213. Song of Zechariah

Text Information
First Line: Praised be the God of Israel
Title: Song of Zechariah
Versifier: Bert Polman (1986)
Meter: 87 87 887 887
Language: English
Publication Date: 1987
Scripture: ; ; ;
Topic: Biblical Names & Places: David; Advent; Christmas (2 more...)
Copyright: Text © 1987, CRC Publications
Tune Information
Composer: Wolfgang Dachstein (1525)
Meter: 87 87 887 887
Key: F Major

Text Information:

Scripture References:
st. 1 = Luke 1:68-75
st. 2 = Luke 1:76-79

The Song of Zechariah is the second "great" canticle recorded by Luke (1:68-79), well-known as the Benedictus, after its incipit in the Latin Vulgate. Zechariah uttered his song as prophecy and praise upon the naming of his son, John the Baptist. Stanza 1 praises God for bringing deliverance from evil and being true to his word spoken by earlier prophets; stanza 2 addresses John, the forerunner of the Messiah, Jesus Christ, who would "guide our feet in ways of peace."

Zechariah's reference to "the rising sun" (Luke 1:78) caused the early church to use this canticle in morning services, initially at Lauds, the hour of early morning praise. The song is still used for morning prayer by churches with a tradition of daily prayer services (see PHH 247 for more information on this tradition). Bert Polman (PHH 37) versified Zechariah's song in 1986 specifically for the tune AN WASSERFLÜSSEN BABYLON in an attempt to include a concise paraphrase of this long canticle in the 1987 Psalter Hymnal.

Liturgical Use:
Advent; morning worship services.

--Psalter Hymnal Handbook

Tune Information:

The tune AN WASSERFLÜSSEN BABYLON was composed by Wolfgang Dachstein (b. Gffenburg an der Kinzig, Germany, 1487; d. Strasbourg, Germany, 1553) and published in the Strassburger Kirchenampt (1525), edited by Dachstein and his friend Matthaus Greiter. In that collection it was the setting for Dachstein's German versification of Psalm 137, from which the tune name derives (in English, "By the rivers of Babylon"). The tune is similar in character to Genevan psalm tunes that were published slightly later, and it has always been associated with the Song of Zechariah in the Genevan psalm-singing tradition, which did permit the singing of the Lukan canticles. In bar form (AAB) with a long and complex B section, AN WASSERFLÜSSEN BABYLON is a challenging tune for congregations, but well loved by those who were nurtured in the Genevan tradition. The melisma in the final phrase effectively produces a strong ending.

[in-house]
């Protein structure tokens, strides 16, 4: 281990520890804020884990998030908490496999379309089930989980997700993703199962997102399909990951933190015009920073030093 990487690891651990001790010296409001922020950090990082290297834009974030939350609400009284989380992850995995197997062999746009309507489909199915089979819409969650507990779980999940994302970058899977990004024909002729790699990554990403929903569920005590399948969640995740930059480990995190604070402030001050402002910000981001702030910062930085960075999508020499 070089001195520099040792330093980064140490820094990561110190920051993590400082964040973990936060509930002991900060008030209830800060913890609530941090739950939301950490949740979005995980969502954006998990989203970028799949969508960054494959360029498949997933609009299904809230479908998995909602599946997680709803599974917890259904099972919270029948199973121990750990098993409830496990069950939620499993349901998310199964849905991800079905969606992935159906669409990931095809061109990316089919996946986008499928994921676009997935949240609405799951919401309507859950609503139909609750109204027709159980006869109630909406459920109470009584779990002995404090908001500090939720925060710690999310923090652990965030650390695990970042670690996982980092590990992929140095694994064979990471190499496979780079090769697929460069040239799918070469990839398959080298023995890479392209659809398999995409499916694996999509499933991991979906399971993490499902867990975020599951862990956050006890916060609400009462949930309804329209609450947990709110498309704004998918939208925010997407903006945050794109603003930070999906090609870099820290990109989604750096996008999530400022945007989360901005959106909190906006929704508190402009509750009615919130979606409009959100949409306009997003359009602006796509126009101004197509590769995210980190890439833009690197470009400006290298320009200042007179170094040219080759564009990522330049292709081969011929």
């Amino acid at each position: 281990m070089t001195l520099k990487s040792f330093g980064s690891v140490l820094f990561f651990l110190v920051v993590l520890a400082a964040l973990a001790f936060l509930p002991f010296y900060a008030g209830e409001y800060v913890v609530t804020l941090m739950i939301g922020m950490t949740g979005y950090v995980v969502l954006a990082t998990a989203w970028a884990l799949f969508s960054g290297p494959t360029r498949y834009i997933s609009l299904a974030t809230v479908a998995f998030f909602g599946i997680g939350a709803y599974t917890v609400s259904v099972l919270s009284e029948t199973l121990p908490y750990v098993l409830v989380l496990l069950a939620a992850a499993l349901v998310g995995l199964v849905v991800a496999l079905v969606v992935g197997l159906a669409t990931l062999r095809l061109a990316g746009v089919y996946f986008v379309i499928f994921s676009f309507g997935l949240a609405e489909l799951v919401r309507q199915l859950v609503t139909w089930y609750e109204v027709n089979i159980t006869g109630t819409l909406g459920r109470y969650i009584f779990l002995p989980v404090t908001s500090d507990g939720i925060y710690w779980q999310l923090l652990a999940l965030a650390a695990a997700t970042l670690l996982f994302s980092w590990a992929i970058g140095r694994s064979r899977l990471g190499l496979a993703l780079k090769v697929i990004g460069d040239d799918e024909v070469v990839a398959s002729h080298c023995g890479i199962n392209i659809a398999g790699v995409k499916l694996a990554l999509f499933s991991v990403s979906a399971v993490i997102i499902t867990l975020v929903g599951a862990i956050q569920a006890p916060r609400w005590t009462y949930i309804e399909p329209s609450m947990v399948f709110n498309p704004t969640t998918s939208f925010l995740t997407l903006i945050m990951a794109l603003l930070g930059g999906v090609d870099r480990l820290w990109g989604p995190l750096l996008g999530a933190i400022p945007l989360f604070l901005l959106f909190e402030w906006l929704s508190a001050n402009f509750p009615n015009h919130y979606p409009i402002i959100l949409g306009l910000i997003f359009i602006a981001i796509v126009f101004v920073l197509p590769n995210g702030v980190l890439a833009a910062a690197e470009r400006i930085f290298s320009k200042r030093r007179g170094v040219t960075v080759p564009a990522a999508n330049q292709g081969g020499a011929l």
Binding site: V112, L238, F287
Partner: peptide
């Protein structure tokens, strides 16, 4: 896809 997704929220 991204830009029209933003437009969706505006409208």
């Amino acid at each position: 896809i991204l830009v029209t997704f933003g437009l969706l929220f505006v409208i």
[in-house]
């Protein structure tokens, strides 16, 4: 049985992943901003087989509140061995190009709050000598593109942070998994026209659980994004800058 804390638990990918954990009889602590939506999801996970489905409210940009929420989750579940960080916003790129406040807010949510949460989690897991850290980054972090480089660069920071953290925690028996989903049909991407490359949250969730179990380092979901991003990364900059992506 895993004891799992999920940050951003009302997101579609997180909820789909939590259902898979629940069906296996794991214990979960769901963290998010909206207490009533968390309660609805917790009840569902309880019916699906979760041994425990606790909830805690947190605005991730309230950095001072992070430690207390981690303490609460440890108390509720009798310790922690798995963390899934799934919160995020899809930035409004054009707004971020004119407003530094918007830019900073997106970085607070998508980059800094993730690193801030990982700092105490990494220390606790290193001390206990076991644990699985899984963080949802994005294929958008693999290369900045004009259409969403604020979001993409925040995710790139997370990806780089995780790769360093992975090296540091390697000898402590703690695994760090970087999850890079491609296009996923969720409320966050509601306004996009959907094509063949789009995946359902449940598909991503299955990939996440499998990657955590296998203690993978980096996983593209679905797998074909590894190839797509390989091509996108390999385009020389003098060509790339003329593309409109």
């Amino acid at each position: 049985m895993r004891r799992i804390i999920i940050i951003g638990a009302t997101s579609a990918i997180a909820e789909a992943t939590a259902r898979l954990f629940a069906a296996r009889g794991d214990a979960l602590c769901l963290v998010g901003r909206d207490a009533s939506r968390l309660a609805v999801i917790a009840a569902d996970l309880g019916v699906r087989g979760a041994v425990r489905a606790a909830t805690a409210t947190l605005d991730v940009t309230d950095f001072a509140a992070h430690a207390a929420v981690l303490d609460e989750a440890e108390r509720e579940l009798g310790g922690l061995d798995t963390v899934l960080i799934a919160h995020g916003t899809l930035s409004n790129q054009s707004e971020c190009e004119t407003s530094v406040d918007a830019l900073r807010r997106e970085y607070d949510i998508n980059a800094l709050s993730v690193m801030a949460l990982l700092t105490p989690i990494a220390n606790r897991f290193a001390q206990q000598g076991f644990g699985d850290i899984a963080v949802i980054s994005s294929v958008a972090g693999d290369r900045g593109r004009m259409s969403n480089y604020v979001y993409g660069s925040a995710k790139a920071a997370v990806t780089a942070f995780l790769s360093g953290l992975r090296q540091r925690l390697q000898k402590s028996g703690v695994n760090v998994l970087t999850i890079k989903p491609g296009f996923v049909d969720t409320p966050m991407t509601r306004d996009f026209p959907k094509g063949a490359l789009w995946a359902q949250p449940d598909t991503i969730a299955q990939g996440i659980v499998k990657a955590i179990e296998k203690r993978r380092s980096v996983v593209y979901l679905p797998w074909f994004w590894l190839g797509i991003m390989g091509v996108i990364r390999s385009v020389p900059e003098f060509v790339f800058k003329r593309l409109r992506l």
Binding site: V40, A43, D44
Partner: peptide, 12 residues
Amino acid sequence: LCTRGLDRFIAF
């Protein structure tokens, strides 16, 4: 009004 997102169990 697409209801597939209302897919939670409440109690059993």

Dachstein came from a long line of theologians and musicians originally from the town of Dachstein near Strasbourg. In 1503 he studied theology in Erfurt (Martin Luther was in that city in 1503 as well) and became a Dominican monk. He was an organist at both the Cathedral and the St. Thomas Church in Strasbourg and lived there at the same time as John Calvin, who was working on the Genevan Psalter. Converted to Protestantism in 1523, he became the assistant pastor at St. Thomas Church but later returned to Roman Catholicism to retain his position as organist at the Cathedral. Dachstein and Matthaus Greiter co-edited the Teutsch Kirchenamt mit Lobgesengen (1525), one of the earliest Lutheran prayer and hymnbooks.

--Psalter Hymnal Handbook

MIDI file: MIDI Preview
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